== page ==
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Censorship Through History

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					Censorship Through
     History
  The Early Years
• Rigid guidelines for
acceptable art appeared
in Egypt as early as 3400 B.C.

         »      8 A.D. Poet Ovid was exiled from
         »      ancient Rome because his Ars
         »      Amatoria had offended the moral
         »      sensibilities of Emperor Augustus.

• 339 BC, The ancient Greek city/state of
  Sparta banned poetry and other reading
  material that didn’t deal with “useful”
  topics, like agriculture and commerce.
• Greek Philosopher Plato
(428-347 B.C) thought that
because art has the power
to intensify emotions, a
“drastic censor” should
control them.
• Greek Philosopher Aristotle (384-322 B.C) said
  that young people should be protected not
  only from words but also from pictures.
• 213 B.C., Chinese emperor Shi Huang Di burned
                             The Analects of the
                                   philosopher
  Confucius and                    nearly all
  other books in
      China in an attempt to
             destroy old loyalties and
                  ideas.
• 5th Century to the 15th
Century, Medieval Europe,
almost all artistic
expression was commissioned
by the government or the
Catholic Church.
• 1538, The English monarchy established
  licensing laws to allow the government to
  control what was printed.

          » 1559, Queen Elizabeth I ordered that
            no book could be published without
            approval.

          » 1643, The English government issued
            a censorship edict that required all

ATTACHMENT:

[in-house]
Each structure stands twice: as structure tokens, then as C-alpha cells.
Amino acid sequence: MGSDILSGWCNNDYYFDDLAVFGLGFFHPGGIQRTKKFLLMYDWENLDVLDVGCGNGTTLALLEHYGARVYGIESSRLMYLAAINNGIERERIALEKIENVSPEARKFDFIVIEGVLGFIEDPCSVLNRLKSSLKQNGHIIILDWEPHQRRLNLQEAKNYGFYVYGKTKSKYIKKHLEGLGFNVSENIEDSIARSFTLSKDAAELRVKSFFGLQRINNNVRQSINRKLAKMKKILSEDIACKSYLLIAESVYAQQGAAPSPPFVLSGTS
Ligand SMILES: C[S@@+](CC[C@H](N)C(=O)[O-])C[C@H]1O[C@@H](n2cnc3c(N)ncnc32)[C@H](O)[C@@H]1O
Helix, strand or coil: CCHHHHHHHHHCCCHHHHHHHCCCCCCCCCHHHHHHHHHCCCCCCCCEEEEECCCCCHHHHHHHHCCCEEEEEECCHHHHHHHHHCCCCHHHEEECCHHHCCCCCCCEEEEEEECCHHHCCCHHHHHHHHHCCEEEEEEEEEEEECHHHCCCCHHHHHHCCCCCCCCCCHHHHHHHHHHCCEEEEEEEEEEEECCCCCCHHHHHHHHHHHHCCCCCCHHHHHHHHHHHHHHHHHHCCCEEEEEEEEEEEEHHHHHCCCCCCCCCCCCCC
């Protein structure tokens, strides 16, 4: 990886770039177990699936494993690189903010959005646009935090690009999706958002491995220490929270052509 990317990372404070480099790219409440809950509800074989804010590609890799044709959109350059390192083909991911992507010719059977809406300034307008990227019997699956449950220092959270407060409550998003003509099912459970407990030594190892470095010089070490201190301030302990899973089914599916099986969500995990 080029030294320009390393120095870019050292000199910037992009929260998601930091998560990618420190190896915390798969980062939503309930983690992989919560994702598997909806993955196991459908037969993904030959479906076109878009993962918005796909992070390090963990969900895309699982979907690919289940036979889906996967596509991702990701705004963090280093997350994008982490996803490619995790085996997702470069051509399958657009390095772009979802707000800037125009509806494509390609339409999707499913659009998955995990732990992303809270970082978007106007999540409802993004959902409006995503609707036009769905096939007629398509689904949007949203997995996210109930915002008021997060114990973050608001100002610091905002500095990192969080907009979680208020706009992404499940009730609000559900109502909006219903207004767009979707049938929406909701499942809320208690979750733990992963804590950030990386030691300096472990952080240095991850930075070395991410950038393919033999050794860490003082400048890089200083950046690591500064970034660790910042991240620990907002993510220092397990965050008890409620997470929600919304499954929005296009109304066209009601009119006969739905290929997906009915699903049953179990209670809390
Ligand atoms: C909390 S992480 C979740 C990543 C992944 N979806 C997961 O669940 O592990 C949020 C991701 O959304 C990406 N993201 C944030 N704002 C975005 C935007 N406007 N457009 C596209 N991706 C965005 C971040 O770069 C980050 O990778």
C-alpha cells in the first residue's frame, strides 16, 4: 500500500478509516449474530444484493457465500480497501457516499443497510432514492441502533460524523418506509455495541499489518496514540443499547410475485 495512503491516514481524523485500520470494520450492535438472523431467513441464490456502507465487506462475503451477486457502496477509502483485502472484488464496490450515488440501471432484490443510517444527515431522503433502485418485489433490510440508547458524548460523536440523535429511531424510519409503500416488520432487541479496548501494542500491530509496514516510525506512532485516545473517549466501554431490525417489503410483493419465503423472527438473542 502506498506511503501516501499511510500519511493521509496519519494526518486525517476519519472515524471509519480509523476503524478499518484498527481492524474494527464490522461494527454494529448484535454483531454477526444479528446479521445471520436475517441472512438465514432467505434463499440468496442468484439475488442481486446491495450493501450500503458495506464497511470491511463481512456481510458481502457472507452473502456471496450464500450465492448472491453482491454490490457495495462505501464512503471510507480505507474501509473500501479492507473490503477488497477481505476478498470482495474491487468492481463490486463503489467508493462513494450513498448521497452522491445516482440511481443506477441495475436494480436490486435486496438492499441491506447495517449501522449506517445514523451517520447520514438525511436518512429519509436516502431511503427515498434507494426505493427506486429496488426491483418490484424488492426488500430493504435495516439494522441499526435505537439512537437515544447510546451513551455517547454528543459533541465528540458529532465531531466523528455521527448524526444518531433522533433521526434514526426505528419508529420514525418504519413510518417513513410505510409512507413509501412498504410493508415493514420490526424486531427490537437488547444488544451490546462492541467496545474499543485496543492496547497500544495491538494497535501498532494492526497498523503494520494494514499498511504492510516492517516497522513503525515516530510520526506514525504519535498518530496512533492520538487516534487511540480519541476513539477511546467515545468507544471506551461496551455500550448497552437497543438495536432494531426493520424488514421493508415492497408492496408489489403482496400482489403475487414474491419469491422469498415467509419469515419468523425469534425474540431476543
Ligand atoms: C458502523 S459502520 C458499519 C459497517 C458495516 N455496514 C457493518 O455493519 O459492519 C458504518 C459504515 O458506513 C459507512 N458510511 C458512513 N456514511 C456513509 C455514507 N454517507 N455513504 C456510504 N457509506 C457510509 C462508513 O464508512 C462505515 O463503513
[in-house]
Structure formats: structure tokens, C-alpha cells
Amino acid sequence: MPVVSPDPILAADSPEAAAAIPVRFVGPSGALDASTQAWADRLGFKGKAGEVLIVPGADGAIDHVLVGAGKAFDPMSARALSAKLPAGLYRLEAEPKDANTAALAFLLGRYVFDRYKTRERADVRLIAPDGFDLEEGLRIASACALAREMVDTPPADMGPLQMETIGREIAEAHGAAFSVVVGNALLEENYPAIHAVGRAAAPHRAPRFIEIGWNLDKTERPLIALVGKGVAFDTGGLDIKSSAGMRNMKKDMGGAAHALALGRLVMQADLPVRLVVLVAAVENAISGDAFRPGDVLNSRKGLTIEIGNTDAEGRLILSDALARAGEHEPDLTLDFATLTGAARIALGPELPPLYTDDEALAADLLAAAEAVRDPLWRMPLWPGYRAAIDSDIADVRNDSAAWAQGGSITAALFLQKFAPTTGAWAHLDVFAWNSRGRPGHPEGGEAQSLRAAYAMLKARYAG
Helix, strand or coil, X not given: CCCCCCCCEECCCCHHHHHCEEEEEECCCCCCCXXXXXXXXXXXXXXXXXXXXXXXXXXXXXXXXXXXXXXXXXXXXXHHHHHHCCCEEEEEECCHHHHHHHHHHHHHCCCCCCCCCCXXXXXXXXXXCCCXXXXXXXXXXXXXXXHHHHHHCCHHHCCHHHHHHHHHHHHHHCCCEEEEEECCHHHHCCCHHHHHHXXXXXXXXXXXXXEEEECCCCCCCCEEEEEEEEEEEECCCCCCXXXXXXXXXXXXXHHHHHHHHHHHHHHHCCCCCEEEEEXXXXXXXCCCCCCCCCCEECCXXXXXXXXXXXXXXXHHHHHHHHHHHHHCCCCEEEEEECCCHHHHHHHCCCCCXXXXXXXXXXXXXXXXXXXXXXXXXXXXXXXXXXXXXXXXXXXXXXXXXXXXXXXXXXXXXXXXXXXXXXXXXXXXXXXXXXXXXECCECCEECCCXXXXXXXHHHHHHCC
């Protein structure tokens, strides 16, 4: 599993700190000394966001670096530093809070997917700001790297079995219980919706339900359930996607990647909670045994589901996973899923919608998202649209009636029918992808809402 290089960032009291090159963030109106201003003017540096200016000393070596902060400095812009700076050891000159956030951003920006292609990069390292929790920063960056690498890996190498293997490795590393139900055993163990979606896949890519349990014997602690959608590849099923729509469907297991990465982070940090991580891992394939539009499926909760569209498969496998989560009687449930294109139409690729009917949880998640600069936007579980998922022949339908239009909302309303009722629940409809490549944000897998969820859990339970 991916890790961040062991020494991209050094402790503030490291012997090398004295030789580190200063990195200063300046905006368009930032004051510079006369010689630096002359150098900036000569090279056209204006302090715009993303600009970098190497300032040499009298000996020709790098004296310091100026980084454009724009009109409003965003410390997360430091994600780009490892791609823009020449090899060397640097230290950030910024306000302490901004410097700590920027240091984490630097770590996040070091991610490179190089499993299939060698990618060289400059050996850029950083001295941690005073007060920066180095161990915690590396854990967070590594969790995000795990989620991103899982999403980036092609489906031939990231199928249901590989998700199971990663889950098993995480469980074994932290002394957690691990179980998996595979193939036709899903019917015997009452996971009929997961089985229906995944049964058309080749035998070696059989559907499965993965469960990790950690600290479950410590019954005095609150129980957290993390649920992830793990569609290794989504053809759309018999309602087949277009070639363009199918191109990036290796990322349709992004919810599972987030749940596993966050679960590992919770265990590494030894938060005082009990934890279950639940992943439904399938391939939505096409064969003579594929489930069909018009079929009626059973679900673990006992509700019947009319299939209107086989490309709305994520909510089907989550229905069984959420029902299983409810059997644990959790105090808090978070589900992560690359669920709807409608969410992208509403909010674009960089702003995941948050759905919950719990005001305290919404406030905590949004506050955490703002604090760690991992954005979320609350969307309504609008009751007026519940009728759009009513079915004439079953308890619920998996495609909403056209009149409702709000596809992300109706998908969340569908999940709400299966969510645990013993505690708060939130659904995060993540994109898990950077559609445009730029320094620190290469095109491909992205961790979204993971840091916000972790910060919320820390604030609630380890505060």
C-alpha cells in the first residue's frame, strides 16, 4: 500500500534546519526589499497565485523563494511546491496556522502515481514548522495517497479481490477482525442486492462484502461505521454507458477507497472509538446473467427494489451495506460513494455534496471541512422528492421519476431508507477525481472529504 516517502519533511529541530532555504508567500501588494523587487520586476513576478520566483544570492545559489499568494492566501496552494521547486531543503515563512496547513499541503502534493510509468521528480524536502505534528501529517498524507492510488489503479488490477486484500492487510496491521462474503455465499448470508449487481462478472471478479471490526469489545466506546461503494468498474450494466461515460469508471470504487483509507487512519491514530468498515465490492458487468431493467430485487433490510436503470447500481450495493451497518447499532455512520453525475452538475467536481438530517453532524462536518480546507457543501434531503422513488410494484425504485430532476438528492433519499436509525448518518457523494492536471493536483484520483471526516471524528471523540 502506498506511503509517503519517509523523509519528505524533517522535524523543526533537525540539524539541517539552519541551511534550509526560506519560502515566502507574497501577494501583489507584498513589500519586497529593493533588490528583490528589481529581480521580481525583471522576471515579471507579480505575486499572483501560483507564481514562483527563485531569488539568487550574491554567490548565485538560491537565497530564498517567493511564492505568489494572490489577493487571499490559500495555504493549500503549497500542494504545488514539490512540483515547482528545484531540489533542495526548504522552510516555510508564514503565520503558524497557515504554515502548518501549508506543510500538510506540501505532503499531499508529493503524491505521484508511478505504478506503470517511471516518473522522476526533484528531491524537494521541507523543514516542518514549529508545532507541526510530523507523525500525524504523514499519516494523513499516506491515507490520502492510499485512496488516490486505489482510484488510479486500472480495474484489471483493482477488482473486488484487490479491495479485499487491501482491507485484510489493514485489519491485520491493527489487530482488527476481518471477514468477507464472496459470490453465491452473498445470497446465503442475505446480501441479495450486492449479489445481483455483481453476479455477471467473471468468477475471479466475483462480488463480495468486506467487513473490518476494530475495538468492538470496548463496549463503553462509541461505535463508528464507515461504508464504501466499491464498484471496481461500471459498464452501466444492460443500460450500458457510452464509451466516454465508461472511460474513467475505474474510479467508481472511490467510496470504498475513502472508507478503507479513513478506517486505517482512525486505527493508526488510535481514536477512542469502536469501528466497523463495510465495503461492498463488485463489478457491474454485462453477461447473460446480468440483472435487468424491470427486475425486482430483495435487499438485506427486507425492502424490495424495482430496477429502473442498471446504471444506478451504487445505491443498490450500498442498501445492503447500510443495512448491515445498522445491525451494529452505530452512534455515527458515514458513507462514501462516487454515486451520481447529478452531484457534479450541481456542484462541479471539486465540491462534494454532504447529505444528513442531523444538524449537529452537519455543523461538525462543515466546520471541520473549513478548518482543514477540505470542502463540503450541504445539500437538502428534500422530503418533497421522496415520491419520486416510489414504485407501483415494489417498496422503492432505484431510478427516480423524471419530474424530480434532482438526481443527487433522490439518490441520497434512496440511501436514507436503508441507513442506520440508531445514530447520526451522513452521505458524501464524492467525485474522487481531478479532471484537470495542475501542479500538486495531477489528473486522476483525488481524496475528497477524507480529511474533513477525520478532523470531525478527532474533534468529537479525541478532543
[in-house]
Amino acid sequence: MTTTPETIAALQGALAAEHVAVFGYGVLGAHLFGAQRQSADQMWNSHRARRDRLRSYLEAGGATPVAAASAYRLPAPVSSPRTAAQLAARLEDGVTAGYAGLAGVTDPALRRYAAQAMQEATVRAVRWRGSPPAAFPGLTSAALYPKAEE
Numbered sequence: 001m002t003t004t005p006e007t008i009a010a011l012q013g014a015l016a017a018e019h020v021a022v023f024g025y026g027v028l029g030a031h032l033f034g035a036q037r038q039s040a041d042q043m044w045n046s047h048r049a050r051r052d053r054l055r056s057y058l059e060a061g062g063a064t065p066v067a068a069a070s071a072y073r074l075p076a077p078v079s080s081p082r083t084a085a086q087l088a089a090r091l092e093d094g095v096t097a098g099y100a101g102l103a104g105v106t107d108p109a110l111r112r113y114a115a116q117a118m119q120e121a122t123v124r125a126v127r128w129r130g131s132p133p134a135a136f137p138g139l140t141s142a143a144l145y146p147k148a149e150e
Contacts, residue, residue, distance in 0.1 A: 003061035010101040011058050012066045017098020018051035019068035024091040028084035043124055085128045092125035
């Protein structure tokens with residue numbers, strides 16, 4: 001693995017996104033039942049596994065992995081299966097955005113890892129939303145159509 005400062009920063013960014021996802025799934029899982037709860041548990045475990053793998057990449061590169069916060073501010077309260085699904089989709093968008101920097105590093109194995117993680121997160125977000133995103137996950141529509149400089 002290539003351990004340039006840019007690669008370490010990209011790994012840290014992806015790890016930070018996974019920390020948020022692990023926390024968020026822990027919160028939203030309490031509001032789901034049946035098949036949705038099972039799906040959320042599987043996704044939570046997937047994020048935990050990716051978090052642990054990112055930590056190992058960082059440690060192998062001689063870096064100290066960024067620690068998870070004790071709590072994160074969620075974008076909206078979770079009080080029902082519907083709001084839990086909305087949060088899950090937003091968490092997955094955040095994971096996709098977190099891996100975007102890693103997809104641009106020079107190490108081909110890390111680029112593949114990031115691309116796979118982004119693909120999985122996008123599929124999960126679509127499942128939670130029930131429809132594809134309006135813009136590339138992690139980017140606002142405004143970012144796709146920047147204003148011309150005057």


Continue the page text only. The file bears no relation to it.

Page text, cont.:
books to be submitted to an official
            censor before publication.
             »             1789, Congress voted to accept
             »             the Constitution. Many people
                                  were worried that the
                 powerful,        new, centralized
                 government              might trample the
                 rights of        individuals.



• 1791, Congress approved the first
10 amendments, which came to Be know
as the Bill of Rights. The amendments
were meant to protect basic liberties
and specific rights and freedoms.

• 1933, 5,000 singing students ended a torchlight parade
  with a huge book burning in Nazi Germany.

• 1935, Smoot Hawley Tariff passed, allowing any book
  printed by an established publisher was freely admitted
  in the United States.
• 1948, United Nations adopted a Universal Declaration of
   human rights to protect people’s freedom of expression
   and other basic rights.
• 1818, People were encouraged to censor
their own readings through books such
as Bowdler’s family shakespeare.
Thomas Bowdler published works by
Shakespeare and other authors, but
he edited out reference to sex and
other passages that he believed
“unfit to Be read aloud By a
gentleman to company of ladies.”




-1873, Anthony Comstock founded the New York Society for
   the suppression of vice and Congress passed a law that
   would allow the U.S. Postal Service to prohibit indecent
   material from being sent through the mail.
1950-60’s, senator Joseph
mccarthy’s “witch hunts”
for supposed Communists.
»




»        1968, Movie ratings became
         the norm.

        1969, Tinker v. Des Moines
        School District
• 1988, Hazelwood School District v. Kuhlmeier.




• 2010, Ciudad Juarez is the one of the deadliest
  cities in Mexico, and is one of the most
  dangerous for journalists. 10 were killed in
  2010. Drug cartels pressure journalist and
  editors in Mexico to avoid reporting on them and
  to print unflattering stories about rival drug
  cartels. The result is increasing self-
  censorship.

				
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posted:5/17/2013
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